Categories: Male Authors - Francophone Authors - Novelists - Southeast
Novelist, short-story writer, and playwright, Jean Babineau was born in 1952 in Moncton, where he attended École secondaire Vanier. He has had three novels published by Éditions Perce-Neige: Bloupe (1993), Gîte (1998), and Vortex (2003, Prix littéraire Antonine-Maillet-Acadie Vie). Several critics have noted how his novels manipulate languages. He has obtained a number of scholarships in New Brunswick and Canada.
In 2002, Babineau participated in a playwriting workshop with Louis-Dominique Lavigne offered by Moncton’s Théâtre de l’Escaouette, and in 2003, in the Résidence d’écriture franco-canadienne (French-Canadian playwrights’ residency) organized by the Centre des auteurs dramatiques. His play Tangentes, directed by Andréi Zaharia, was presented at L’Escaouette in 2006 and at Théâtre de la Grand-Voile in 2007. He is now working on a second play, Ruches, and is revising a novel on the Kouchibouguac saga entitled Infini. He holds a Master’s degree in creative writing from the Université de Moncton and is a Ph.D. candidate in literature. His writing has been published in several periodicals.
How has New Brunswick influenced your work?
Because, for the most part, I’ve always lived in New Brunswick, my imagination has been fed by my experiences, the people and landscapes of New Brunswick. When I was a child, our family would often camp near the province’s coast and rivers. That’s reflected in certain images that come out in my writing. Also, the special character of southeastern New Brunswick, where Francophones are the minority and chiac is spoken, represents an important component of my writing. I have worked hard to get chiac entrenched in literature.
What is your favourite New Brunswick book, and why?
My favourite New Brunswick book is Moncton Mantra, which I read in one sitting. This novel by Gérald Leblanc is the only New Brunswick Künstlerroman, or novel of an artist’s education, that I know of. It begins with him starting to want to become a writer and ends with the publication of his first collection. The starting and ending sections of the narrative are very well executed for this sub-genre of novel. Leblanc gives only what is needed to fill in the blanks on his education as a writer, while portraying an era when the counter-culture gave rise to several Acadian writers. He never gets lost in trivial details, and the arc of the story is therefore completed.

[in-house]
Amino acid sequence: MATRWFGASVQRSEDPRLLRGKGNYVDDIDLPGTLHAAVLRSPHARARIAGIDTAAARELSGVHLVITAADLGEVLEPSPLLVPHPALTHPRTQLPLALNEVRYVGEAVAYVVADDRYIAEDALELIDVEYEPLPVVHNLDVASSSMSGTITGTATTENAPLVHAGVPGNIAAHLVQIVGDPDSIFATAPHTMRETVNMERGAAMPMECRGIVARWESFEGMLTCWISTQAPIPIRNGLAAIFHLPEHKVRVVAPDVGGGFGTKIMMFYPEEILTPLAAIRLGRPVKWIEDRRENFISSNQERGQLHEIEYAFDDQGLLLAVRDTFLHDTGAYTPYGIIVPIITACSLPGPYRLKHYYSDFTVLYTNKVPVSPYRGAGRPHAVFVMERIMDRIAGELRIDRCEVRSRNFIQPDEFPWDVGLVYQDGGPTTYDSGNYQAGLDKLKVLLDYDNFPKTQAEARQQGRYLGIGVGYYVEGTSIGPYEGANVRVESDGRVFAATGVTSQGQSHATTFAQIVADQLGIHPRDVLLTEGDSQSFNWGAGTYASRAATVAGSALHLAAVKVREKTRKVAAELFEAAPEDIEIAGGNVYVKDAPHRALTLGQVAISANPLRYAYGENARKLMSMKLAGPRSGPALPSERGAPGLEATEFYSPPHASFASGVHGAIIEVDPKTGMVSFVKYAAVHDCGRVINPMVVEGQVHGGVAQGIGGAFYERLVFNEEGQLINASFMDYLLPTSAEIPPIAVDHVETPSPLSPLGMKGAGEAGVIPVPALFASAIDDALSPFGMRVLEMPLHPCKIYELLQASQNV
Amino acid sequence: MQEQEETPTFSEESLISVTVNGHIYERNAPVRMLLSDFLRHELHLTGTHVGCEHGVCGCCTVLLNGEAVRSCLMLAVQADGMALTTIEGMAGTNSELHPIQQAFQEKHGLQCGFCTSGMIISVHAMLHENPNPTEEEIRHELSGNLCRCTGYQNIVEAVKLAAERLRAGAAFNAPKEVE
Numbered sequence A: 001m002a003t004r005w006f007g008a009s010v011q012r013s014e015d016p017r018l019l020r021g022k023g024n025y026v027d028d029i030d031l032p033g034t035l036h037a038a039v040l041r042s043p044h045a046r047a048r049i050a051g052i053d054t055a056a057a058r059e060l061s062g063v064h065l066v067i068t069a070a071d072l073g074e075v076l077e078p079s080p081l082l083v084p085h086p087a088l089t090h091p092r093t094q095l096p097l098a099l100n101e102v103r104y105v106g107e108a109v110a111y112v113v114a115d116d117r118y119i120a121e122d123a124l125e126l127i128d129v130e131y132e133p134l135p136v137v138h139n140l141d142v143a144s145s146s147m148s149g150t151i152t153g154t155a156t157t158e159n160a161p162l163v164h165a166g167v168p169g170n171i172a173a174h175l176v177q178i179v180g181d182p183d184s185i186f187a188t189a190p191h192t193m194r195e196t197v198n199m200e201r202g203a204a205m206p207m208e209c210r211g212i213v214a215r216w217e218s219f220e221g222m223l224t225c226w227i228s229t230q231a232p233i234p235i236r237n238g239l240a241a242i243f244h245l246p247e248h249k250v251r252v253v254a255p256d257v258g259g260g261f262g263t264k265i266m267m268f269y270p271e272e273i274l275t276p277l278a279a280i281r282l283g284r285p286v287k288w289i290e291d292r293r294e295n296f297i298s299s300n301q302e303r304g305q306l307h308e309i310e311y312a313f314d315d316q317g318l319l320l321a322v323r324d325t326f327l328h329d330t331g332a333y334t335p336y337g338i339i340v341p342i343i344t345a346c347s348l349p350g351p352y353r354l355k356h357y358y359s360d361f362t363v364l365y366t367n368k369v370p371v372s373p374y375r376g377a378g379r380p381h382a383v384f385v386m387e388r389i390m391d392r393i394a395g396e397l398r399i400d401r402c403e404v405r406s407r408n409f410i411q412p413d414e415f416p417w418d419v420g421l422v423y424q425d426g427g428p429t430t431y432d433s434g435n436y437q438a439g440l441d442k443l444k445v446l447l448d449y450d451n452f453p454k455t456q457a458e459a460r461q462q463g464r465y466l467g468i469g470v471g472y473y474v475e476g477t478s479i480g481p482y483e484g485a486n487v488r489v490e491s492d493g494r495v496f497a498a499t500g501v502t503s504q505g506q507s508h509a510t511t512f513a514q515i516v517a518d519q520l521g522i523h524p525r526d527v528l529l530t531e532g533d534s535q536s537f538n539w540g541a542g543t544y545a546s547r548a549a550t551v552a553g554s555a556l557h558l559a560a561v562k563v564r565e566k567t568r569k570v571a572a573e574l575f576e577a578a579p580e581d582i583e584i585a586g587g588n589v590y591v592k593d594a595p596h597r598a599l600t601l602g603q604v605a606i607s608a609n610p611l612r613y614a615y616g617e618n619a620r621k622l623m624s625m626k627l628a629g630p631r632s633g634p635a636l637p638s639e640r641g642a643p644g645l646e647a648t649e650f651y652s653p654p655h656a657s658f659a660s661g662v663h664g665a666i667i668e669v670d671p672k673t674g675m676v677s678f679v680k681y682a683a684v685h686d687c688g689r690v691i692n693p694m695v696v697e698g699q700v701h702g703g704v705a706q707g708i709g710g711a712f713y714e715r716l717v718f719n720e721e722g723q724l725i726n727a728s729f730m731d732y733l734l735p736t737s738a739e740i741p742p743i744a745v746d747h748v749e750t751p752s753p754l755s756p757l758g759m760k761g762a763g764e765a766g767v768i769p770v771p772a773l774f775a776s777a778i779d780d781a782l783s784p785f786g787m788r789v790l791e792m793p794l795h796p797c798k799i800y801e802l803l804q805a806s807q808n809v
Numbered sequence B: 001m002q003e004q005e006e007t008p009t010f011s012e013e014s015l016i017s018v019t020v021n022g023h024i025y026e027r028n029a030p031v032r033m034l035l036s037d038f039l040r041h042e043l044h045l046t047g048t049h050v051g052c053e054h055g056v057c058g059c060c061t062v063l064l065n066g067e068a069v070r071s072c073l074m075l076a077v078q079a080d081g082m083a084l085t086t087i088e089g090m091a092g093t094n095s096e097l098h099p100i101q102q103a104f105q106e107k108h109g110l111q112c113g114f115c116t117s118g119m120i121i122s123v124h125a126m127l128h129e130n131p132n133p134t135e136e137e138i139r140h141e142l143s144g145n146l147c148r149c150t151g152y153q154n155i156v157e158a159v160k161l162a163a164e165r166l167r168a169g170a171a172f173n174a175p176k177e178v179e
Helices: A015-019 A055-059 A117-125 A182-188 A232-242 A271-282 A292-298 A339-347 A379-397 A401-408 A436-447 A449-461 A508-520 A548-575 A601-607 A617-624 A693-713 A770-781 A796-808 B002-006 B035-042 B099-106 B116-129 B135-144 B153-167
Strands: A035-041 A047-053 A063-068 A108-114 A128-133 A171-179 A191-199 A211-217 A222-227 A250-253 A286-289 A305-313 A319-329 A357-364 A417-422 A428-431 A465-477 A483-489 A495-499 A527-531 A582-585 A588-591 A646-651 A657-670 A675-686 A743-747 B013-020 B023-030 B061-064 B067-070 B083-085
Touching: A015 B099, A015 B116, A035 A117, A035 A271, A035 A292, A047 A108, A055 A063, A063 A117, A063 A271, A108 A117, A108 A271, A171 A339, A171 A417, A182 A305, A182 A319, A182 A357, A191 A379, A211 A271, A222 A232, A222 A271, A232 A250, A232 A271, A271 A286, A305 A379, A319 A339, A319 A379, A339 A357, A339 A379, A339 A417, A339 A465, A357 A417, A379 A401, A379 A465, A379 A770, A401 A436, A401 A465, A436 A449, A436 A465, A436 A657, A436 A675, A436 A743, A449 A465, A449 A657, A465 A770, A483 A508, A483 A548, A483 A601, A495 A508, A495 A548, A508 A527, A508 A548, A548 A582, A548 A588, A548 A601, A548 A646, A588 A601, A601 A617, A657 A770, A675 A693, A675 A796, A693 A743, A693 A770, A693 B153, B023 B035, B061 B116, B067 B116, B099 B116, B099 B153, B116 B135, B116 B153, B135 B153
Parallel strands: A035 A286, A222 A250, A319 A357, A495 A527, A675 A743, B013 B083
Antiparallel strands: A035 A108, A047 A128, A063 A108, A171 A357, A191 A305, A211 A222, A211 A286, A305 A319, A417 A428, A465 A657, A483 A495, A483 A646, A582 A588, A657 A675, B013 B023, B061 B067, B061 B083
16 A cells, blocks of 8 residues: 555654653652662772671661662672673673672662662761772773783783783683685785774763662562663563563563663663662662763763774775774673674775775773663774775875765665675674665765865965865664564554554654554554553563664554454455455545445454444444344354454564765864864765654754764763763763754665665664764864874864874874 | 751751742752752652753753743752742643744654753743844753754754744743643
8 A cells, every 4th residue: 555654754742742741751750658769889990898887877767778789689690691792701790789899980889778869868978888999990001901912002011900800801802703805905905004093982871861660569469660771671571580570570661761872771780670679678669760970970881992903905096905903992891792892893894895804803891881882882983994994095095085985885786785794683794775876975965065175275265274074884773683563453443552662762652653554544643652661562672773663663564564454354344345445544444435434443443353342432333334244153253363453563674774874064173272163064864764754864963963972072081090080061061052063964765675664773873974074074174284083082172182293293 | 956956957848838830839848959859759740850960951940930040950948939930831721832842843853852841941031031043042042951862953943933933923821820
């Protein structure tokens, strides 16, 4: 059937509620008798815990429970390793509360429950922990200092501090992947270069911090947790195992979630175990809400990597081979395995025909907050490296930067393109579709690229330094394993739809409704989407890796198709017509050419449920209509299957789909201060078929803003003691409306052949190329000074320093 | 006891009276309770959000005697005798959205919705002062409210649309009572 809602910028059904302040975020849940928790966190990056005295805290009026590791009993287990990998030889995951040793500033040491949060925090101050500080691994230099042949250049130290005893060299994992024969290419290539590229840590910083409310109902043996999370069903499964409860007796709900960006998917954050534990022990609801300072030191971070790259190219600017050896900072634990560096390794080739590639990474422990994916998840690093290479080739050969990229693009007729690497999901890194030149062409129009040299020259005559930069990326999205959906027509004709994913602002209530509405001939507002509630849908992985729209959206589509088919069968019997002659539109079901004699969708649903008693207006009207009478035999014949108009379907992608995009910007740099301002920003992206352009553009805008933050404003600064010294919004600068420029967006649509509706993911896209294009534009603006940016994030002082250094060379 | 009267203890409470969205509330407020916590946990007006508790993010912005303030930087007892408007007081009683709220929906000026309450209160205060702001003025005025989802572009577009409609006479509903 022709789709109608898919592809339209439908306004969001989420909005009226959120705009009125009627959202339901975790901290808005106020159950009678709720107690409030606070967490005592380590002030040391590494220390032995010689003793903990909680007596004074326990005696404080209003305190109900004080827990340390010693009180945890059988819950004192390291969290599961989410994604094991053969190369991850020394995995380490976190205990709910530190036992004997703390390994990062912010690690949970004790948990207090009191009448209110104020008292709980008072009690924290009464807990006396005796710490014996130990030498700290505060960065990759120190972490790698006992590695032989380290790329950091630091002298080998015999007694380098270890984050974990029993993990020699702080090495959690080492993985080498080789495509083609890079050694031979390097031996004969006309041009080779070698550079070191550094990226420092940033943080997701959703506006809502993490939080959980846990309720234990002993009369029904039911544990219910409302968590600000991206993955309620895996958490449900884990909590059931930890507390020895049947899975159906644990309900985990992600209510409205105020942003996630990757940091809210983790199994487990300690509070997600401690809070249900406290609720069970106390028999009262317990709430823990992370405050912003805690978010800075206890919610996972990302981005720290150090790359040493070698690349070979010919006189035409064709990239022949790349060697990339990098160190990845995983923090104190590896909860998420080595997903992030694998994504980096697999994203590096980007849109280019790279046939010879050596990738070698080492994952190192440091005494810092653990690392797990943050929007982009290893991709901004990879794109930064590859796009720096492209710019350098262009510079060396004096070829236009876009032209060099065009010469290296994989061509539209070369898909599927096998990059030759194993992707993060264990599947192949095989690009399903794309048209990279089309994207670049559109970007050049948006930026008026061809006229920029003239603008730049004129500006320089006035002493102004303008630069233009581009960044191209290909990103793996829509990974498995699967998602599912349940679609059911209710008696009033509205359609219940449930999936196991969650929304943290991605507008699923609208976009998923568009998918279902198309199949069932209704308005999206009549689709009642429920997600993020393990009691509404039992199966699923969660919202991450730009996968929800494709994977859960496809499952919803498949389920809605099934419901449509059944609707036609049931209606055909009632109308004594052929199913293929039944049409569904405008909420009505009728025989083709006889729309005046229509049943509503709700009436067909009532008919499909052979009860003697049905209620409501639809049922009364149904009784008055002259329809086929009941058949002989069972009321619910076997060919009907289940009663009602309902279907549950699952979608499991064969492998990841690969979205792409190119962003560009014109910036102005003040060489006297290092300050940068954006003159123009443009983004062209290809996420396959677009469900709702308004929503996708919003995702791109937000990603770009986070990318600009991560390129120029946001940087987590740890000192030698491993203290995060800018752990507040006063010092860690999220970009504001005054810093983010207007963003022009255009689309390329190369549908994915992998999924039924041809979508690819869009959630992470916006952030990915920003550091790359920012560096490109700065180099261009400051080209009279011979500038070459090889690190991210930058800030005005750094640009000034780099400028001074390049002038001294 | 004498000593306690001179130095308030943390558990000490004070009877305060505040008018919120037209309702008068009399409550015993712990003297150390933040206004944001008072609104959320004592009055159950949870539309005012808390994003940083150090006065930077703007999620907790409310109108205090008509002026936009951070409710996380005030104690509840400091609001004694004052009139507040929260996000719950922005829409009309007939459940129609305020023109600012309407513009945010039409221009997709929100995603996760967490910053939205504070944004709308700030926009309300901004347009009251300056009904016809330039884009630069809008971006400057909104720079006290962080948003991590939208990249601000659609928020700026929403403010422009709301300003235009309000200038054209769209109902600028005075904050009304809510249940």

What do you consider to be the highlight of your career so far?
Although I was very pleased with the critical reception of my first novel, Bloupe, my most recent one, Vortex, is the highlight of my career. As Gérald Leblanc said, the book we write is always the one we would have liked to write when we were writing the previous one. In addition, Vortex was awarded the Prix littéraire Antonine-Maillet-Acadie Vie in 2004, which didn’t do any harm.
|Prix littéraire Antonine-Maillet-Acadie Vie - 2004||In recognition of: Vortex|
Les feuilles que j’envoie promener... J’entre travailler. À pied. Descends la Highfield. Tourne à gauche sur la Main. Passe sous le subway. Les grosses lettres lumineuses : Wallco, apparaissent. Rouges. Agressives ? Tu ne peux pas les manquer et elles ne te manquent pas. Un champ de tir. Que fais-tu avec ta vie anyways ? Les feuilles tournoient. Le mur courbe. Le coin arrondi. L’usure. Les nouveaux murs de briques. 120° ? Le contour. Entre. Descends dans l’escalator. Perds presque mon ballant. Tombe presque à la renverse. Muzak... Me rends à mon casier. Enlève mon manteau d’automne. Vais aux rayons à ranger. Regarde les haut-parleurs ronds enchâssés dans le plafond. Y a-t-il une caméra là-dedans ? L’œil s’efforce. Eye out of socket. Qu’est-ce que tu fous icitte anyways ? L’éclairage te drive, te fait voir tout en jaune. Medium shade of yellow. No vestal... Pas de veste. Remonte dans l’escalator.(p. 9)